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Nowadays America is a product of a series of revolutionary attempts made by the government and its subjects, way down the history, to improve their social and economic way of living, creating a state where every subject gets a share of national wealth. Since its independence America has experienced drastic political growth which has been the key instrument of propagating development. It was under different leaders whose objectives in governance have corporately transformed the USA into one of the renowned superpowers worldwide. According to above mentioned, among those political leaders is the President Lyndon Johnson whose contribution brought remarkable reforms, which positively transformed the lives of millions of people in America, both young and old. This has been achieved through sensitizing the government on the needs of its subjects, and holding it responsible for providing what is needed for the well being of the nationals. This paper attempts to feature various political, economic and cultural changes that the Americans experienced during 1960 - 2000.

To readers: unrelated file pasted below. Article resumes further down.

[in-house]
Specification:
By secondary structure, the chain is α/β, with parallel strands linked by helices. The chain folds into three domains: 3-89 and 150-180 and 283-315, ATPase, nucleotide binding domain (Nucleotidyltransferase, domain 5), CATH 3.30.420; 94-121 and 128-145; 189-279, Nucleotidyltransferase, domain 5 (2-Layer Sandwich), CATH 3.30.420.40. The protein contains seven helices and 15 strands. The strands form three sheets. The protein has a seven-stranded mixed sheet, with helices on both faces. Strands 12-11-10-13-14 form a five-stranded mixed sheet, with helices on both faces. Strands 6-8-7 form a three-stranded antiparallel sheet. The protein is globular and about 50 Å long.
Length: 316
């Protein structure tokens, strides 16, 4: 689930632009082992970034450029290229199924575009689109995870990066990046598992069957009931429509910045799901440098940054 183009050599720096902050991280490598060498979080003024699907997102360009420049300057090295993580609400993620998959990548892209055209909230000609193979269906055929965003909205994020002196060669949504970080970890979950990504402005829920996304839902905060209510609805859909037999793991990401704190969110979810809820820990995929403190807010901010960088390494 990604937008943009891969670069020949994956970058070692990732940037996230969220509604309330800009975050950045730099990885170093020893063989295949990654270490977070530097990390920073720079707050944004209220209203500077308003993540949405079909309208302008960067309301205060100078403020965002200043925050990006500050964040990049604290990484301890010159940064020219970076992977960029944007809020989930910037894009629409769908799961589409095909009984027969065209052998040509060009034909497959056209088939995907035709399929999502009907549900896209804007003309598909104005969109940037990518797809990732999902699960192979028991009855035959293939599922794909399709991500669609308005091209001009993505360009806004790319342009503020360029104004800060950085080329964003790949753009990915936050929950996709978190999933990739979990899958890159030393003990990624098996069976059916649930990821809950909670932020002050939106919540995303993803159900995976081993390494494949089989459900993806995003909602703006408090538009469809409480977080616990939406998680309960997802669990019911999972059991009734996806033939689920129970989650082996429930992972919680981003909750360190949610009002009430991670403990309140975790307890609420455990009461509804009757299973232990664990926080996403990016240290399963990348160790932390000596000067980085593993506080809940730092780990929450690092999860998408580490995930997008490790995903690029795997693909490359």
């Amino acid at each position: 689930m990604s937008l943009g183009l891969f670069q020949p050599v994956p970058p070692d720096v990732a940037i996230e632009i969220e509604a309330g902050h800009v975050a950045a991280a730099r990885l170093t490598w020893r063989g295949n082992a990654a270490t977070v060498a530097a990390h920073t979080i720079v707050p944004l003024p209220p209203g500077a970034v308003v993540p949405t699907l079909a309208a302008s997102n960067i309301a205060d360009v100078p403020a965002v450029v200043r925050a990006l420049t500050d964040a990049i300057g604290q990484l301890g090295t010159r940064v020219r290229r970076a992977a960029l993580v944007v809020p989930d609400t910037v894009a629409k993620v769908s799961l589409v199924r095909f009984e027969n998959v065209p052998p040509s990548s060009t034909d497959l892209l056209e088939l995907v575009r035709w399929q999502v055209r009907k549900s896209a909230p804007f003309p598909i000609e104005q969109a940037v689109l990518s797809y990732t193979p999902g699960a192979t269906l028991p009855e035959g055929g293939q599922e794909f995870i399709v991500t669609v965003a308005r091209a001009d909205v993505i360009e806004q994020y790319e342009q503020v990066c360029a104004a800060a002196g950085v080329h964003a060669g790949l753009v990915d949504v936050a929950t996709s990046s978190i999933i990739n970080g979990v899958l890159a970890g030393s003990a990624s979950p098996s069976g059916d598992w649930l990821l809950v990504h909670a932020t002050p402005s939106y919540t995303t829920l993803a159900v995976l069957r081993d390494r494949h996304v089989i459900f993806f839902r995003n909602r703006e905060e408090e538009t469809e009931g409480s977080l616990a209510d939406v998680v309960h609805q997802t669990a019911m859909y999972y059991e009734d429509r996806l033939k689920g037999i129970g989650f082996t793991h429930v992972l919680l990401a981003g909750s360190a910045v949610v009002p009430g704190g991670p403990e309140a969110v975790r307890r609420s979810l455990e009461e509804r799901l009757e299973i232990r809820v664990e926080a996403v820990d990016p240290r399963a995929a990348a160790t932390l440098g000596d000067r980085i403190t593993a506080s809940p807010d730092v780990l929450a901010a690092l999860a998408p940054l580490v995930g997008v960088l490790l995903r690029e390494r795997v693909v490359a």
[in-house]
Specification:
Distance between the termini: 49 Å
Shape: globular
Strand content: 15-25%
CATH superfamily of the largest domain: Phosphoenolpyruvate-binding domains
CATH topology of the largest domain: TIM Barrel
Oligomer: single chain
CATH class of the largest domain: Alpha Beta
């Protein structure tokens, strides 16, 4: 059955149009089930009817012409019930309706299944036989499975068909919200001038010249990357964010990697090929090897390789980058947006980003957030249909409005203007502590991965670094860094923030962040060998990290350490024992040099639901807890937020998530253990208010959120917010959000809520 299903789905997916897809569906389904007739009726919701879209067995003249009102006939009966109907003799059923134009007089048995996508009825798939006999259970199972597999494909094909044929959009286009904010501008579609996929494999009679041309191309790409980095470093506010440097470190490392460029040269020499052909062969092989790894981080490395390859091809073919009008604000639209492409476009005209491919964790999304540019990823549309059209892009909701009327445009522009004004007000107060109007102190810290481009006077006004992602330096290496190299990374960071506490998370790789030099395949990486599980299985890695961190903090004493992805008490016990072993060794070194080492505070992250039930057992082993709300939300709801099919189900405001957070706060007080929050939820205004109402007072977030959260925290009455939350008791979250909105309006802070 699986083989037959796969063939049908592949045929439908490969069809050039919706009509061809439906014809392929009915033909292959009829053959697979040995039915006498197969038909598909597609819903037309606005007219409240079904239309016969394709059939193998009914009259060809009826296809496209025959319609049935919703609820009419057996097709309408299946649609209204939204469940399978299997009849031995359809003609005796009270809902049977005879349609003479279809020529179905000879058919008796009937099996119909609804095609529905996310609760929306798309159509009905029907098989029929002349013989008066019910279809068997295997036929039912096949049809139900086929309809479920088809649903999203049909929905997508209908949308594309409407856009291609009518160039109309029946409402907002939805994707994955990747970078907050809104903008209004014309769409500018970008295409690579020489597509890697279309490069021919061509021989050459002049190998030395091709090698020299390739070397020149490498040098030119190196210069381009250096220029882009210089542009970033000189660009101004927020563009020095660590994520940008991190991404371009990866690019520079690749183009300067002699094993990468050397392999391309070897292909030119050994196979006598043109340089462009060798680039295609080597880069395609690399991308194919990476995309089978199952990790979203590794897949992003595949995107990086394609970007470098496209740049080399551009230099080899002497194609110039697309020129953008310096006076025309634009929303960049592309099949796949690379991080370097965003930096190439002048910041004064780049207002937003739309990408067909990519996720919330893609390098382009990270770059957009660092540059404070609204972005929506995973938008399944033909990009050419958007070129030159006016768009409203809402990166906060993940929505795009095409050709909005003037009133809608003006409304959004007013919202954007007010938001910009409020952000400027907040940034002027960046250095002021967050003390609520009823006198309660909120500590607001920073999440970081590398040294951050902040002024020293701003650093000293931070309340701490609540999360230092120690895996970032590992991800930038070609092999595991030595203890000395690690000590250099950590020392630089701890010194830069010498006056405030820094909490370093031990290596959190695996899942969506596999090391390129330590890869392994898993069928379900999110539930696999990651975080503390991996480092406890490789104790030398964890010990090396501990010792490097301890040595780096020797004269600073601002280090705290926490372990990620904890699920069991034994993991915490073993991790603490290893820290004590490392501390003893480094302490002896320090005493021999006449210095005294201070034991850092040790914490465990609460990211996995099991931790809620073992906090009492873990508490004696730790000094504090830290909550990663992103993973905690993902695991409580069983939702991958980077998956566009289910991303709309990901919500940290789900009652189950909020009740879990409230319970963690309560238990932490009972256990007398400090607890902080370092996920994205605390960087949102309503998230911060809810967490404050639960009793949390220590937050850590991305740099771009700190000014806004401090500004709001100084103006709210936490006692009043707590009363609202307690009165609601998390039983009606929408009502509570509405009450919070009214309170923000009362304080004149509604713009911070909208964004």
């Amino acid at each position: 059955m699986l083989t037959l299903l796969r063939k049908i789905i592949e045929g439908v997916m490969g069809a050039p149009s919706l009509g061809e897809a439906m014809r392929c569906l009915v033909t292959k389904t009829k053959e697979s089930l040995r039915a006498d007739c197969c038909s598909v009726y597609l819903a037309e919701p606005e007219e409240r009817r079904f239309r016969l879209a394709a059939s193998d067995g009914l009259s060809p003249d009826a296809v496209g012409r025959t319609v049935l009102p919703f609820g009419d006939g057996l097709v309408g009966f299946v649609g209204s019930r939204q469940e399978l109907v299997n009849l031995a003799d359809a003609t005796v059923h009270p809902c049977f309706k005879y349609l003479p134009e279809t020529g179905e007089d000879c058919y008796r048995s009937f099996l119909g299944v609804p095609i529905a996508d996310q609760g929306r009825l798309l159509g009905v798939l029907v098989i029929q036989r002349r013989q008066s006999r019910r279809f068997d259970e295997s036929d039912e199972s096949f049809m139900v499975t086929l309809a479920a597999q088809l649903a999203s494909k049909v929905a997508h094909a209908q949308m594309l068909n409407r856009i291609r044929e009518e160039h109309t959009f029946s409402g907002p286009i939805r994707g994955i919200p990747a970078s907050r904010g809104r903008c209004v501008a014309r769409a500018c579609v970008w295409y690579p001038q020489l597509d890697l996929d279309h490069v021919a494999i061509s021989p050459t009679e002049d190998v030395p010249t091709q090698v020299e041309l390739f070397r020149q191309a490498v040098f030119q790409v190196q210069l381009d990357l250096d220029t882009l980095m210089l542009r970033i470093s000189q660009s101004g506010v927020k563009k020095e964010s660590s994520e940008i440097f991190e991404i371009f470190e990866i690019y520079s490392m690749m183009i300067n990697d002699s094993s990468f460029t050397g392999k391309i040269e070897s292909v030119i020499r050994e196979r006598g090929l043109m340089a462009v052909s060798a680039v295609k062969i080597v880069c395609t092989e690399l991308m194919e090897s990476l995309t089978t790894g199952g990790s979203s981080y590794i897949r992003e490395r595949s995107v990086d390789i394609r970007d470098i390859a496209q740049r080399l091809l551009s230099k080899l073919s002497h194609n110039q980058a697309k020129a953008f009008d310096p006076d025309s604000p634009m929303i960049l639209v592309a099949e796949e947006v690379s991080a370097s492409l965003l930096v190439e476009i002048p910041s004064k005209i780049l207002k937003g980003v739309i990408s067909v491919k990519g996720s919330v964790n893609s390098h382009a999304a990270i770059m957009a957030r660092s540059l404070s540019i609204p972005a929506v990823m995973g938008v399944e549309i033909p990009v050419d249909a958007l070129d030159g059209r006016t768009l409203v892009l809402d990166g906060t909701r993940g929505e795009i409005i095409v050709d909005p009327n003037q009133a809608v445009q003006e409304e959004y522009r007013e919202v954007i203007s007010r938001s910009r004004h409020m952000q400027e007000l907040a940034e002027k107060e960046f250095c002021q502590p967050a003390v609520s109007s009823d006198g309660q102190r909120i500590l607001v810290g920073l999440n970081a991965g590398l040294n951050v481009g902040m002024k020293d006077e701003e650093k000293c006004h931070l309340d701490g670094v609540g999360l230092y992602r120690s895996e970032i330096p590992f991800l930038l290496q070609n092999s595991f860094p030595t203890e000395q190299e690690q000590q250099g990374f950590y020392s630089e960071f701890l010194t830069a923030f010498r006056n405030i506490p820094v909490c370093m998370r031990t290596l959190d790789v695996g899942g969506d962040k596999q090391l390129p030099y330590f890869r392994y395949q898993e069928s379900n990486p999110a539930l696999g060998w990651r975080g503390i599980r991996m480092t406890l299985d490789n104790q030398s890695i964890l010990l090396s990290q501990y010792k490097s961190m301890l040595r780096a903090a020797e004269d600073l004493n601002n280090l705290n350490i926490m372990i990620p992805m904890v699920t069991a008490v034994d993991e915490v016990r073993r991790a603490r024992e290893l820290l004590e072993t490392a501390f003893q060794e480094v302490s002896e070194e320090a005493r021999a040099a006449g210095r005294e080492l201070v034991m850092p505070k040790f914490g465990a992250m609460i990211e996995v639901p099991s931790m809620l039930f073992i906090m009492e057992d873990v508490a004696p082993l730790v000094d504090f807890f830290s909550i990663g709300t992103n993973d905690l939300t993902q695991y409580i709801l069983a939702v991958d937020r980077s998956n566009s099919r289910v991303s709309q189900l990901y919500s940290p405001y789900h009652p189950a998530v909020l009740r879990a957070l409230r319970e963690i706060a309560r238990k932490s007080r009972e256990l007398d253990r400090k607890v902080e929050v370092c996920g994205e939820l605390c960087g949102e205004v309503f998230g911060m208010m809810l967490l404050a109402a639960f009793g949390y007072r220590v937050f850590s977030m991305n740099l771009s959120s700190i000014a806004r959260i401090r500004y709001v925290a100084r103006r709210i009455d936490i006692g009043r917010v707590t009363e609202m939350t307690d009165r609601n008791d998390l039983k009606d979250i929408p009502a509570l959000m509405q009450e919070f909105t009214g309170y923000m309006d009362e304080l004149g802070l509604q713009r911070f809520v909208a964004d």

The Great Society- Johnson’s purposes and strategies
During his reign in 1960s, Johnson championed reformations by pressurizing on implementation of new regulations, which aimed at improving the lives of the underprivileged and marginalized people in order to form them in the Great society. His main objective in this case was to create the society that is free from poverty, poor health and racial inequality through the government implementation of reforms.